Hundreds of students filed into the Northridge Center Thursday night to see Laverne Cox take the stage and share her many struggles with being a transgender black woman in the US.
Cox is best recognized for her role as Sophia Burset on the Netflix series “Orange is the New Black” in which she also plays a black trans woman incarcerated in an all-female prison.
Since gaining fame, Cox has been a staunch advocate for the LGBTQ community and anyone else who has ever been made to feel uncomfortable in their own skin. The actress started a social media campaign with the hashtag #transisbeautiful to build a community of support for transgenders who are too often alienated.
“If you are trans in the US, you are under attack,” Cox said.
Cox revealed several statistics from studies on transgender people showing the group as exceptionally vulnerable to extreme violence and suicide. She suggested this is likely linked to the national attitude and perception of transgender people who are vilified, trivialized or otherwise marginalized to the point where they are considered apart from humanity.
Flipping her hair, Cox affirmed “But ain’t I a woman!” referencing the phrase delivered by Sojourner Truth during a speech at the 1851 Women’s Convention in Akron, Ohio and with whom Cox shares a common birthday. Like Cox, Truth was often shamed by those who likened her to a man.
Cox described her experiences growing up, from pre-school to high school, where she was bullied nearly every day for being different.
“The second I was off the bus, I had to start running or I’d be beat up,” Cox recalled.
She also detailed a specific event in the third grade when she was out with her classmates on a field trip to Six Flags where she bought a fan from the gift shop and began waving it over herself emulating Scarlett O’Hara from “Gone With the Wind”. This drew attention from her teachers and landed her in corrective therapy.
Cox recalled the therapist asking: “Do you know the difference between a boy and a girl?” to which Cox replied, “There is no difference.”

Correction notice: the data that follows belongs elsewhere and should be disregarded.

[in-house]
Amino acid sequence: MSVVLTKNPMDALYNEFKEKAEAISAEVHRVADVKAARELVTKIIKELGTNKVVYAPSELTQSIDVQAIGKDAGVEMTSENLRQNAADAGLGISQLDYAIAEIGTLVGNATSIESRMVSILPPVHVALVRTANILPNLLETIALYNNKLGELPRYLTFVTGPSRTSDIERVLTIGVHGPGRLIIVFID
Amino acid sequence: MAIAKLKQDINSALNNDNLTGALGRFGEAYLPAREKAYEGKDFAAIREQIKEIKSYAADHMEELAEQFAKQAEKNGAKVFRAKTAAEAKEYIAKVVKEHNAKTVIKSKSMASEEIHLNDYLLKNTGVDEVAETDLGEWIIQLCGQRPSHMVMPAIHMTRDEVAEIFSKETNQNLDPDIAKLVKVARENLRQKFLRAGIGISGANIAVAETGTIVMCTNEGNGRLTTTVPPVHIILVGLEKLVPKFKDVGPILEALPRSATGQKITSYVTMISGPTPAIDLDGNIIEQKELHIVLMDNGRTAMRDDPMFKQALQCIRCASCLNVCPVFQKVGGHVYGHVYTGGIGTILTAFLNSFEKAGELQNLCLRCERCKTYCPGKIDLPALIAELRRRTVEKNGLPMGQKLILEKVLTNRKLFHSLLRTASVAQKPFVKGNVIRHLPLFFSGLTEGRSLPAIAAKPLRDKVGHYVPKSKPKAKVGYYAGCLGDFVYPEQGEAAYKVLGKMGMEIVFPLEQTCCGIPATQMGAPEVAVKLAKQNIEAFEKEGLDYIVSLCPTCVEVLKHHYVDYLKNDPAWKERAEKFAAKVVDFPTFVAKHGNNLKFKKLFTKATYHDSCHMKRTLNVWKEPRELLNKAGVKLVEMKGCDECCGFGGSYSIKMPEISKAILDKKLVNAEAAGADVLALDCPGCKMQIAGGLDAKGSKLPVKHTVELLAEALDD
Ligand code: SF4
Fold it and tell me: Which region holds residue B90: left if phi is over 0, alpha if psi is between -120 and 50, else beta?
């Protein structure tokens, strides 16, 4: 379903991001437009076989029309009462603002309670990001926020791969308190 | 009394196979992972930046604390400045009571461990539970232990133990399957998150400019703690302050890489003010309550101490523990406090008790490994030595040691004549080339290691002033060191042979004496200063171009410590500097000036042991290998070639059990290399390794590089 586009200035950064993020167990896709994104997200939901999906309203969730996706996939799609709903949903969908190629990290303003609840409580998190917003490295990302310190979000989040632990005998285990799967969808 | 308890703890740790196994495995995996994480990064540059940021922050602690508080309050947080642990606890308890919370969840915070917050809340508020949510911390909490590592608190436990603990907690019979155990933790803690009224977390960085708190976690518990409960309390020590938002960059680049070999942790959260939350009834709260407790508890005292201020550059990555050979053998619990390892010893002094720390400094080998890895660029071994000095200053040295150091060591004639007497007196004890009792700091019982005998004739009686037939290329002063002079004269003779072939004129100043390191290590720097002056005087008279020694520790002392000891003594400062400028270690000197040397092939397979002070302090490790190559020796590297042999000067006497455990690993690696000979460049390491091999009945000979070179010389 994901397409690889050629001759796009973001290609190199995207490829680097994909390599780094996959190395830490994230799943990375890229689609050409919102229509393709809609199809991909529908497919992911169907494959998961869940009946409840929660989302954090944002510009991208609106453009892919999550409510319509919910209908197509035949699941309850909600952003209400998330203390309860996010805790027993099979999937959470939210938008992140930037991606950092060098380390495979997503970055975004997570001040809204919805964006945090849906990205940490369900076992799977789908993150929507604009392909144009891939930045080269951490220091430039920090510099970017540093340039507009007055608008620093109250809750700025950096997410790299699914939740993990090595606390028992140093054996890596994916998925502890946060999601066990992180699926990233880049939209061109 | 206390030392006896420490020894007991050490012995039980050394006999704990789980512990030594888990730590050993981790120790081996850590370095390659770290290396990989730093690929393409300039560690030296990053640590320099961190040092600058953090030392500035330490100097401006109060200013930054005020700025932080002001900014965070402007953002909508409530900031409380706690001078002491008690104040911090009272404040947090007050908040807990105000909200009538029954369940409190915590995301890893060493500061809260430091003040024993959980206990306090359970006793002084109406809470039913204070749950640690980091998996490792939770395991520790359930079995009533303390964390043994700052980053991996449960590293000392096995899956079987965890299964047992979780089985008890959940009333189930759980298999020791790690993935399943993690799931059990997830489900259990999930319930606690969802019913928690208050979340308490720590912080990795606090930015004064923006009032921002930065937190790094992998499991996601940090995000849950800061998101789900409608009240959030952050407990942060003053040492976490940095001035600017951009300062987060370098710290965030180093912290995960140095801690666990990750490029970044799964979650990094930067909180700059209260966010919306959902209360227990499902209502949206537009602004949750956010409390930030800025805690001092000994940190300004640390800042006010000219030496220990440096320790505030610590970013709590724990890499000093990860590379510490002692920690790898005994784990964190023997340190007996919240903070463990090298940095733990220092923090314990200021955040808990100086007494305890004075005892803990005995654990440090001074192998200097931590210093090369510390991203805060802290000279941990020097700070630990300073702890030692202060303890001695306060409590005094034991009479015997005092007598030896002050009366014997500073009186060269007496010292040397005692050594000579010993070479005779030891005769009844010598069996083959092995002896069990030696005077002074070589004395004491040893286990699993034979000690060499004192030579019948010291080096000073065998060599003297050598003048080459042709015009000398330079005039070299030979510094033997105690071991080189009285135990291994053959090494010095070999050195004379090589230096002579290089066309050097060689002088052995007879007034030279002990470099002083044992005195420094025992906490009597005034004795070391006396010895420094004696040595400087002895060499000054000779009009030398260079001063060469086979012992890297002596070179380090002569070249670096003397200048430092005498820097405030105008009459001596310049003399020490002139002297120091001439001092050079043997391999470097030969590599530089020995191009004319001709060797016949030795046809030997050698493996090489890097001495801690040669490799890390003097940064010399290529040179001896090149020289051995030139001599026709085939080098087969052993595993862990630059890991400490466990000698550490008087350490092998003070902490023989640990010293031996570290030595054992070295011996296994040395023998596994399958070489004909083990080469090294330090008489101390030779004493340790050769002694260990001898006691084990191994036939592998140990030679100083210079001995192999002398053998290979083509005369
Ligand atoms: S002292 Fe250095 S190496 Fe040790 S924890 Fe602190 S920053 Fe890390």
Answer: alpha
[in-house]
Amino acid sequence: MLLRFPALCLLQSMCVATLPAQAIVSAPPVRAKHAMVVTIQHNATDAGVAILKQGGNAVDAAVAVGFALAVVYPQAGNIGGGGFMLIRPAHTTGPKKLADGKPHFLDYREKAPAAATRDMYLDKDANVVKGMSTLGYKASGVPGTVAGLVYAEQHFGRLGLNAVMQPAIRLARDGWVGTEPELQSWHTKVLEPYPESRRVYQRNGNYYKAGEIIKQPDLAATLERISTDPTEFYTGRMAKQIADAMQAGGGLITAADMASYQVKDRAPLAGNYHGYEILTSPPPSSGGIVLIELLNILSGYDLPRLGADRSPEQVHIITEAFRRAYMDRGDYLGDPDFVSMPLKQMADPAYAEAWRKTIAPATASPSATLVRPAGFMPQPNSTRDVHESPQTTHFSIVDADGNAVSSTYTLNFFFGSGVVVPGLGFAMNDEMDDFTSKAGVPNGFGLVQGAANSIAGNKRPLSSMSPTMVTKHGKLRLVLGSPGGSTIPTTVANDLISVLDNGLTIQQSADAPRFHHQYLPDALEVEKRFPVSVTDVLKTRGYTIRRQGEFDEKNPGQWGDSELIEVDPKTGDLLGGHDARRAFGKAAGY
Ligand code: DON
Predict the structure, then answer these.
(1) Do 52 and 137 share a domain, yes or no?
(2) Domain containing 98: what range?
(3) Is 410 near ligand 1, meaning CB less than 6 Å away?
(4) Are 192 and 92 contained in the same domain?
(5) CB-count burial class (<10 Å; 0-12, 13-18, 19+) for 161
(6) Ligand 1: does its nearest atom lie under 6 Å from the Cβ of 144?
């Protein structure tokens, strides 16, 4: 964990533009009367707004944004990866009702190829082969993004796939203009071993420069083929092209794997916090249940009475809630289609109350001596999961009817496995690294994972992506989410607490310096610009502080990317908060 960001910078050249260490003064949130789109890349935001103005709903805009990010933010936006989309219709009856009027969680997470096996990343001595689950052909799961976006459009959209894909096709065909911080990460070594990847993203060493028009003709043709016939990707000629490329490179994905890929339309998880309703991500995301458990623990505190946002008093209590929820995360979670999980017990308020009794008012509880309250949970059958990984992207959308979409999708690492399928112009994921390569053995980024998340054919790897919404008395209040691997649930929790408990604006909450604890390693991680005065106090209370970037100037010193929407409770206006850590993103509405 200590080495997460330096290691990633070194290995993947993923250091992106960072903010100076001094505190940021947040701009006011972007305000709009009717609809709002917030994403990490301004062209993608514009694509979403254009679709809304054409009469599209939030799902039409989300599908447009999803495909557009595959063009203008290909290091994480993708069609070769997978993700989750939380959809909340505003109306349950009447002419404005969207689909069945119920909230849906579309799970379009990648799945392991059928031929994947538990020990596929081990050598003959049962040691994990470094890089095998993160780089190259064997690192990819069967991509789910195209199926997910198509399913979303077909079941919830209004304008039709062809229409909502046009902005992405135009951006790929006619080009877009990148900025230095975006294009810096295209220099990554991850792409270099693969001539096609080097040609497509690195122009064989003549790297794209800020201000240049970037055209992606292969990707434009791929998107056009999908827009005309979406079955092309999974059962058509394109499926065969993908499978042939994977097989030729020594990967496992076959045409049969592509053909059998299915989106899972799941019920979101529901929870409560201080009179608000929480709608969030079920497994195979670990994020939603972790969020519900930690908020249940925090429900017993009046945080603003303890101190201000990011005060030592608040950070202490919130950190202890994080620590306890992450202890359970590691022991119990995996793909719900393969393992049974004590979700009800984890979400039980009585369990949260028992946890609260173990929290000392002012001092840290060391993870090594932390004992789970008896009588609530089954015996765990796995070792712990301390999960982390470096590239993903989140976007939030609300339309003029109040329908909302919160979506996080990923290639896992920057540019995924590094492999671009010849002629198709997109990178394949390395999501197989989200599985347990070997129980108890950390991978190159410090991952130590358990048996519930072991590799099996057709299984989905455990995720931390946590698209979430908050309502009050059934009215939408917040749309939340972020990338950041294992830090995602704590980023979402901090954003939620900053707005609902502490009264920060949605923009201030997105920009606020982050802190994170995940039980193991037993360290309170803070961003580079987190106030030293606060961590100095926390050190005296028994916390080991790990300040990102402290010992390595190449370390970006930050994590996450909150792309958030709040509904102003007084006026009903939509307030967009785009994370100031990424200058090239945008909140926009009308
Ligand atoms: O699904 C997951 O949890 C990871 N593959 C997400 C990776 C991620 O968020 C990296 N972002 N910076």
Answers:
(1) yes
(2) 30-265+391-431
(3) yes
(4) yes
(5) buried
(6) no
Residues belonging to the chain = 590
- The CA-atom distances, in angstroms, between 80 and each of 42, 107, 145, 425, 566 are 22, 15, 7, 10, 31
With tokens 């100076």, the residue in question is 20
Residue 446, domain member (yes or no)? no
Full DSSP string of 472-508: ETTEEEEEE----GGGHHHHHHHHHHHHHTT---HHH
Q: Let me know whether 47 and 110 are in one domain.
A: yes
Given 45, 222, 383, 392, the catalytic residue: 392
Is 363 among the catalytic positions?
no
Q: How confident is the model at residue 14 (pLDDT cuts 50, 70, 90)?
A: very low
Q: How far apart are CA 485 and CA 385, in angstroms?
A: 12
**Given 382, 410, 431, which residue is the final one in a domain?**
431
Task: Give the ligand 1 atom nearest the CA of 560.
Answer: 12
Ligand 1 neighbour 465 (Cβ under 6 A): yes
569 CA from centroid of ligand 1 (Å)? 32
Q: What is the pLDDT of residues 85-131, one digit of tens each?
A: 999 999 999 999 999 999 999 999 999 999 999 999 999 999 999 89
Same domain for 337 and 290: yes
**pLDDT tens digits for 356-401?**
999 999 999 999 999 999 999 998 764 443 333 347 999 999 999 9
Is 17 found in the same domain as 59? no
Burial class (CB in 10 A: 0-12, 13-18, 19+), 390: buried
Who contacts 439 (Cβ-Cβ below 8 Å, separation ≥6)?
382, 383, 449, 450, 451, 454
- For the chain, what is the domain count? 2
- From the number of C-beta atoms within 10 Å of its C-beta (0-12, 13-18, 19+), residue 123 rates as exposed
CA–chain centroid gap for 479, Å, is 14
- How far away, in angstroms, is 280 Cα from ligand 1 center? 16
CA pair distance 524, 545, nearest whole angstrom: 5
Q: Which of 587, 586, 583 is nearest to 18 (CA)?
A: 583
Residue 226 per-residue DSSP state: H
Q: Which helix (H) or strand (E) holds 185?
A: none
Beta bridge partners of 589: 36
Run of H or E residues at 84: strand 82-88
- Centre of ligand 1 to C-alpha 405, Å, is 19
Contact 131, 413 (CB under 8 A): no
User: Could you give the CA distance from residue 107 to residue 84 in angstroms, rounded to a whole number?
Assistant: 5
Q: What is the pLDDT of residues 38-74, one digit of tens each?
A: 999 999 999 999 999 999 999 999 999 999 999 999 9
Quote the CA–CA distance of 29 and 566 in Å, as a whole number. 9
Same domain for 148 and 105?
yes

The same therapist would go on to recommend Cox receive testosterone injections to take on more masculine qualities.
While in the sixth grade, Cox lost her grandmother with whom she had been very close and around the same time noticed that she started to be attracted to boys. At the time, Cox held the belief that somehow her grandmother could hear all the thoughts in her head and would be terribly disappointed, so she decided to overdose on over-the-counter medication in hopes she wouldn’t wake up.
Cox described the shame she felt growing up as detrimental and linked to her depression and thoughts of suicide.
Cox eventually found her way to New York City where she met other transgender people going through many of the same struggles she was. She recalled meeting a trans woman, Tina Sparkles, who served as an inspiration to Cox as she witnessed Sparkle’s transition from a tall masculine person with bad skin to a beautiful woman.
“All my misconceptions melted away,” Cox said.
Several years into her transition, Cox still found it difficult to be satisfied with her image. She was disheartened by the fact that after so much effort, she could still get “spooked” by others on the street who were shocked by her appearance. Cox ultimately realized that the fact that people could tell she was a man was not a bad thing.
“We have to think differently about gender as a culture,” Cox said. “I am not just one person, and neither are you.”